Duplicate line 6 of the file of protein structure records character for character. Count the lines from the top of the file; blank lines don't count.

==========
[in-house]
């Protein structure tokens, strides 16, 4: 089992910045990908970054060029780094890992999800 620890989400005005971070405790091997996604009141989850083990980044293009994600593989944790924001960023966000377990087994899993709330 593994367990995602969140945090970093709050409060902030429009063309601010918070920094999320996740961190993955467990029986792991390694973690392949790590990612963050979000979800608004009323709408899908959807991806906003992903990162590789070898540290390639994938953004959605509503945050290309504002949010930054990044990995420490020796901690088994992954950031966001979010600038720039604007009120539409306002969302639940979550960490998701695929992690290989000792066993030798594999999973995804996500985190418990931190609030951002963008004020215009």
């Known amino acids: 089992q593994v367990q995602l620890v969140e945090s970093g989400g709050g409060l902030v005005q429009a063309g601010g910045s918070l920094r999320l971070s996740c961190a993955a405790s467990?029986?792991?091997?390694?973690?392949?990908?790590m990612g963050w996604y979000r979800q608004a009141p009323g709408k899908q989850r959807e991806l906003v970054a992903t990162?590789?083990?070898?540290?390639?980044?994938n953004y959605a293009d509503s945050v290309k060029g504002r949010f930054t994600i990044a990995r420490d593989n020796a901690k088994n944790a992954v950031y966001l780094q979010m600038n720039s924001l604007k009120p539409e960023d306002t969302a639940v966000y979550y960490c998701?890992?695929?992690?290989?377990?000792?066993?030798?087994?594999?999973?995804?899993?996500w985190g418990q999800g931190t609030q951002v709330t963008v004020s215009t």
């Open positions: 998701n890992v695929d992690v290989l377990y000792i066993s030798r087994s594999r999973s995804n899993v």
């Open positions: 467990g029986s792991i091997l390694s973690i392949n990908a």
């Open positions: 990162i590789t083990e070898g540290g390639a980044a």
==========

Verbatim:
């Open positions: 990162i590789t083990e070898g540290g390639a980044a």